Gestern Ich war ins der Märkisches Museum, to see the bears.
A brutal German gothic brick pile that smelt like a museum, the Märkisches Museum is situated am Köllnischen Park in Mitte.
In the museum, huge, room sized, maps of the city, dividing like a cell into its constituent parts, diminishing until it disappears around 720 into a circle of straw huts defending a mound, and then back further still into the cold, cold mud.
As if that were not enough, the wooden arms of a saint, its gilded sleeves revealing glass panes beneath which the bones of the beatified could be secreted for the congregation’s pleasure and, oh yes, the wooden rotunda.
An octagon of varnished twentieth century wood. Schmick but done well enough to pass for something older, the Märkisches Museum was closed down by the Nazis and later found itself hard against der Mauer.
The Octagon, surrounded as it was with No14 chairs chimed a bell like a SanFransican street car in an old movie. Summoned to the eyepiece. Focused, then chime; the internal mechanism rotates once and another stereoscopic slide click-clunks into view. Another view of this city in 1910-1912, horse drawn carriages on the streets of the insel at night – two men standing at Potsdamer Platz the crude 3d rendering the wires vivid, scratching the retina.
Clic, clunk. The mechanism again rotates and a general in Willhelmenian drag inspects the troops. Clic, clunk. The smiling faces of, now long since dead, children. In the sun, at Wansee.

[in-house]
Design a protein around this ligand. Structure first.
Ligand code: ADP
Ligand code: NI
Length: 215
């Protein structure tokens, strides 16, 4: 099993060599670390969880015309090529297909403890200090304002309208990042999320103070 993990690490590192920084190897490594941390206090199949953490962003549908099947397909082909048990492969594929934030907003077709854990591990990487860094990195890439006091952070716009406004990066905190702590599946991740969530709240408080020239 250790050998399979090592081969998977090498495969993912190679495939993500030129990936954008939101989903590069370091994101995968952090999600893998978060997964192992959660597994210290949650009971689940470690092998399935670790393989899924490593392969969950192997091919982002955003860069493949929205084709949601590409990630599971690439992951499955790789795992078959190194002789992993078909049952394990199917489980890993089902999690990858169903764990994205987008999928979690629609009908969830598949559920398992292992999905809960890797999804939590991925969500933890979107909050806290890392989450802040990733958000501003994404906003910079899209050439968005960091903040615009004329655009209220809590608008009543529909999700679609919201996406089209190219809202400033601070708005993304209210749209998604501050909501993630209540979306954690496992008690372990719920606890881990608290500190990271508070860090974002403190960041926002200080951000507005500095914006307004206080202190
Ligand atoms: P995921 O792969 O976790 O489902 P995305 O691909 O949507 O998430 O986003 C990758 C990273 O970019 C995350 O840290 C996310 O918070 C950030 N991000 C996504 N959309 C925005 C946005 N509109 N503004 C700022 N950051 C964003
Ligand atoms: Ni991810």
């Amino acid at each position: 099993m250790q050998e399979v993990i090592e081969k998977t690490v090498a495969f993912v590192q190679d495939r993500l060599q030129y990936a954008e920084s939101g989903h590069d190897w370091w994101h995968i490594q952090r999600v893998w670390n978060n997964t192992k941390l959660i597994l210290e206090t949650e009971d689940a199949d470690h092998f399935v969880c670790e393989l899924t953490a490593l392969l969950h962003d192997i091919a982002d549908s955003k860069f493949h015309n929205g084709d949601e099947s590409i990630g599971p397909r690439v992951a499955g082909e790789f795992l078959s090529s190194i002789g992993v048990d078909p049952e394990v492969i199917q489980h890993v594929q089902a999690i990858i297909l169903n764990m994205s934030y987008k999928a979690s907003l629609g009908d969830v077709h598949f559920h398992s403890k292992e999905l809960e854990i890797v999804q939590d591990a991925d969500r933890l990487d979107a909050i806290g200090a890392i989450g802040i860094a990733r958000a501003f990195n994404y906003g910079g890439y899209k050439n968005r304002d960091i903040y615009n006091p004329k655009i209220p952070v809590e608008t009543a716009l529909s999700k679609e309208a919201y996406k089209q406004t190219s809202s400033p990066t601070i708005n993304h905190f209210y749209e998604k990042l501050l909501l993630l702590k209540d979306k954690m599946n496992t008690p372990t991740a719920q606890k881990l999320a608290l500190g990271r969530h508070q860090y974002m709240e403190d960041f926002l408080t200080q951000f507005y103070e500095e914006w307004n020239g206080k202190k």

This place might be imagined to have a sinister air, a Dracula’s castle full of minor expressionists and dubious bronzes but check out the print by George Schöbel.
An elegant nineteenth century aquarelle on grey paper, it depicts two tables hastily set up in the grand drawing room of a palace. On each there is a machine gun. Boxes of munitions sit on the carpeted floor. I plan to steal it.
In the garden were Tito, Maxi and Schnutte, the bears. Schnutte und Maxi schlaffen
but Tito prowled the perimeter of his brick bunker and pawed boredly at an apple spiked on a decaying Christmas tree. I cycled around them in a lazy S. I think about that Walter Benjamin footnote, dust growing even under revolution.
The Decaying Christmas tree is fast becoming the psychic totem of this town, though better for sure than some of the absurd Phalanxes it carried in the past.
The actress sleeps.
Today is my 32nd day in Berlin. Unter dem Roten Geweih.2/4/07 02.59am
more pictures at: http://picasaweb.google.com/david.e.selden/MarkishesMuseum